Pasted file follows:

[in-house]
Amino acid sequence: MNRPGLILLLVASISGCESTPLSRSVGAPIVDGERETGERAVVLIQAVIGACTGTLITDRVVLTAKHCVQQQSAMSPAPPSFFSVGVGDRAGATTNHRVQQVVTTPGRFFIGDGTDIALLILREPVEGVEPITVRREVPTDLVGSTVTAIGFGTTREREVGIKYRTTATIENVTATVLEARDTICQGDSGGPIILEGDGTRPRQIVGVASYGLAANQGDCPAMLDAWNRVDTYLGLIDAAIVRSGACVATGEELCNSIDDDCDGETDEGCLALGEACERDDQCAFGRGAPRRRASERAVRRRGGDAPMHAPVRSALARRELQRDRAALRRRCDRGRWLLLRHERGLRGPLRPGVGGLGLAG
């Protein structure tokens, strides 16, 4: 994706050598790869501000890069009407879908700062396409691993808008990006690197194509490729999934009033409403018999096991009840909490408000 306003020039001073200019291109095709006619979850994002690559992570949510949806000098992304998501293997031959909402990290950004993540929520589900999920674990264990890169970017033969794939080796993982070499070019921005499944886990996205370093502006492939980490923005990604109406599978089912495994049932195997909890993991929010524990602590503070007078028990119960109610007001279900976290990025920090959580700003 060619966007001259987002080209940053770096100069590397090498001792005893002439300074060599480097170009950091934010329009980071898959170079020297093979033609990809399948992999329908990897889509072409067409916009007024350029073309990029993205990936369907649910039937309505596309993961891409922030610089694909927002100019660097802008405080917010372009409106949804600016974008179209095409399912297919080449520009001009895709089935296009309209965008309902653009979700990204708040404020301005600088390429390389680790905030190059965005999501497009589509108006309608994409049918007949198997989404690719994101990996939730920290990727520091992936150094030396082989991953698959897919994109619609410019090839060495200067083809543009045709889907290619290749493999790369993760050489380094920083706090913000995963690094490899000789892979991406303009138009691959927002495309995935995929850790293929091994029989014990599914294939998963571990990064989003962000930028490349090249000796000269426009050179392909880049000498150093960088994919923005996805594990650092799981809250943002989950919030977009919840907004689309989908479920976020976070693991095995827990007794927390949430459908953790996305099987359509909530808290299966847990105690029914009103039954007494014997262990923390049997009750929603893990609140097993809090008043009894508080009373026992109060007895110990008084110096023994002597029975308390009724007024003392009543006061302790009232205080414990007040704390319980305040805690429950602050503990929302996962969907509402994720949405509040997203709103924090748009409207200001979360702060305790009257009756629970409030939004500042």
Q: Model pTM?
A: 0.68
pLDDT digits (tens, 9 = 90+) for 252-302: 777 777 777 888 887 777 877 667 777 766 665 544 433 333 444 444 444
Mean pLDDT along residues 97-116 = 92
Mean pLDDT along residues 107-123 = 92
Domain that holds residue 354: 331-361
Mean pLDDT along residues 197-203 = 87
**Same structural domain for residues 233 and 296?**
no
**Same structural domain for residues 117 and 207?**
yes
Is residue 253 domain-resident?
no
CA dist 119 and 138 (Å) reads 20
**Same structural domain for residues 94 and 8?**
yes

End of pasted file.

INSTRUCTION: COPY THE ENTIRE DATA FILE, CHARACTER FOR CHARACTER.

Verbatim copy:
[in-house]
Amino acid sequence: MNRPGLILLLVASISGCESTPLSRSVGAPIVDGERETGERAVVLIQAVIGACTGTLITDRVVLTAKHCVQQQSAMSPAPPSFFSVGVGDRAGATTNHRVQQVVTTPGRFFIGDGTDIALLILREPVEGVEPITVRREVPTDLVGSTVTAIGFGTTREREVGIKYRTTATIENVTATVLEARDTICQGDSGGPIILEGDGTRPRQIVGVASYGLAANQGDCPAMLDAWNRVDTYLGLIDAAIVRSGACVATGEELCNSIDDDCDGETDEGCLALGEACERDDQCAFGRGAPRRRASERAVRRRGGDAPMHAPVRSALARRELQRDRAALRRRCDRGRWLLLRHERGLRGPLRPGVGGLGLAG
């Protein structure tokens, strides 16, 4: 994706050598790869501000890069009407879908700062396409691993808008990006690197194509490729999934009033409403018999096991009840909490408000 306003020039001073200019291109095709006619979850994002690559992570949510949806000098992304998501293997031959909402990290950004993540929520589900999920674990264990890169970017033969794939080796993982070499070019921005499944886990996205370093502006492939980490923005990604109406599978089912495994049932195997909890993991929010524990602590503070007078028990119960109610007001279900976290990025920090959580700003 060619966007001259987002080209940053770096100069590397090498001792005893002439300074060599480097170009950091934010329009980071898959170079020297093979033609990809399948992999329908990897889509072409067409916009007024350029073309990029993205990936369907649910039937309505596309993961891409922030610089694909927002100019660097802008405080917010372009409106949804600016974008179209095409399912297919080449520009001009895709089935296009309209965008309902653009979700990204708040404020301005600088390429390389680790905030190059965005999501497009589509108006309608994409049918007949198997989404690719994101990996939730920290990727520091992936150094030396082989991953698959897919994109619609410019090839060495200067083809543009045709889907290619290749493999790369993760050489380094920083706090913000995963690094490899000789892979991406303009138009691959927002495309995935995929850790293929091994029989014990599914294939998963571990990064989003962000930028490349090249000796000269426009050179392909880049000498150093960088994919923005996805594990650092799981809250943002989950919030977009919840907004689309989908479920976020976070693991095995827990007794927390949430459908953790996305099987359509909530808290299966847990105690029914009103039954007494014997262990923390049997009750929603893990609140097993809090008043009894508080009373026992109060007895110990008084110096023994002597029975308390009724007024003392009543006061302790009232205080414990007040704390319980305040805690429950602050503990929302996962969907509402994720949405509040997203709103924090748009409207200001979360702060305790009257009756629970409030939004500042």
Q: Model pTM?
A: 0.68
pLDDT digits (tens, 9 = 90+) for 252-302: 777 777 777 888 887 777 877 667 777 766 665 544 433 333 444 444 444
Mean pLDDT along residues 97-116 = 92
Mean pLDDT along residues 107-123 = 92
Domain that holds residue 354: 331-361
Mean pLDDT along residues 197-203 = 87
**Same structural domain for residues 233 and 296?**
no
**Same structural domain for residues 117 and 207?**
yes
Is residue 253 domain-resident?
no
CA dist 119 and 138 (Å) reads 20
**Same structural domain for residues 94 and 8?**
yes